Broadcast journalist Soledad O'Brien delivered the address at the University of Delaware's 163rd Commencement Saturday morning in Delaware Stadium, which was crowded with several thousand Class of 2012 graduates, faculty, and family members.

O'Brien began her address by saying she would not give out advice. She said while growing up, her mother's only advice to her was that most people are idiots.

She said that throughout her life, she'd been told that recent college graduates would worry about achieving goals, being successful, and finding a career. College graduates will be told they will fail at reaching their goals and that it is impossible to be successful doing something they love, she said.

“Let's agree that we're going to ignore all the idiots today,” O'Brien said.

O'Brien told stories about her parents' interracial relationship when it was still taboo in the U.S., her journalistic work with minorities living in America and her reports on disaster relief in Haiti.

As a college graduate, she said, she was concerned with the same things as the students seated in front of her, but O'Brien said she was asking the wrong questions about her future.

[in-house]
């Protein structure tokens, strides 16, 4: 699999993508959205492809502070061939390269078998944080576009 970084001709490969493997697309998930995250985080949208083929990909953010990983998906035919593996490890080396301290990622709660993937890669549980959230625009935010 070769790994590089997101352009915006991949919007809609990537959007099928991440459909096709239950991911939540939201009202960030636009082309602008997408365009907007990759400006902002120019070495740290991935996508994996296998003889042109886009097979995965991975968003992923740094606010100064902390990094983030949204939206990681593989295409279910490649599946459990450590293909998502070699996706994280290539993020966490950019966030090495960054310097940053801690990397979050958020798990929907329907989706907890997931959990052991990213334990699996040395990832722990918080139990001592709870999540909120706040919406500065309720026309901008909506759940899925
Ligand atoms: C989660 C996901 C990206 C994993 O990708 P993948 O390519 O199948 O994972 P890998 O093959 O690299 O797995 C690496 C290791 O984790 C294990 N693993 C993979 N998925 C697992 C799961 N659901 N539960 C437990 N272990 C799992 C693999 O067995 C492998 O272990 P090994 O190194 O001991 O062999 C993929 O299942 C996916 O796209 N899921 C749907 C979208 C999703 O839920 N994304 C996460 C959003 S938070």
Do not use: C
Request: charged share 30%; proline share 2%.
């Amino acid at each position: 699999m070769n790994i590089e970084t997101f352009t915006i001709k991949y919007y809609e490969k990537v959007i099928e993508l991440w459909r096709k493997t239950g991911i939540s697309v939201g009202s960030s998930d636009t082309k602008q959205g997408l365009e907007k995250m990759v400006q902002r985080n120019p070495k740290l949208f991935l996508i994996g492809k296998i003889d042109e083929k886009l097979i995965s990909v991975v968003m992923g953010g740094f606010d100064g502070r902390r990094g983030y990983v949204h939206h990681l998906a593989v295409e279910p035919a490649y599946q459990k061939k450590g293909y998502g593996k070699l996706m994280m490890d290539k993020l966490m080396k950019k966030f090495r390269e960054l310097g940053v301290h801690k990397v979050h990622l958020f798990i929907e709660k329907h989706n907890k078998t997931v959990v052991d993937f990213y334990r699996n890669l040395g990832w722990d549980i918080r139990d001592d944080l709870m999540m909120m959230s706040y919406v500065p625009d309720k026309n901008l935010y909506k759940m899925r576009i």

She said learning the stories and differences of the people around her were the most important questions for her to ask - and the stories she learned the most from.

“When you seek to listen, you can make a huge impact,” she said. “Remember even as you calculate your student-loan debt and your first-apartment debt, your real debt is to the people around you, your fellow man.”

O'Brien also spoke lightheartedly when she said students should not fear losing their strong connection to the university after graduation.

“This university will be part of your life forever,” she said. “The Alumni Association will hunt you down.”

O'Brien, who anchors a morning news program on CNN and hosts the “In America” documentary series, said she has been speaking at commencements for about 20 years. Now, she speaks at a couple of commencements each year, she said.

College is about sticking it out until graduation, she said. Perseverance in school is about making it through issues with finances, family support, and academic mentoring, she said.

“I love this age,” she said. “It's full of optimism and full of hope.”

More than 4,200 graduates were awarded degrees at the ceremony including doctoral, master's, bachelor's, and associate in arts degrees. Graduates represented 38 states and 18 countries. The crowd of family and friends brought the total number of Commencement attendees to about 22,000.

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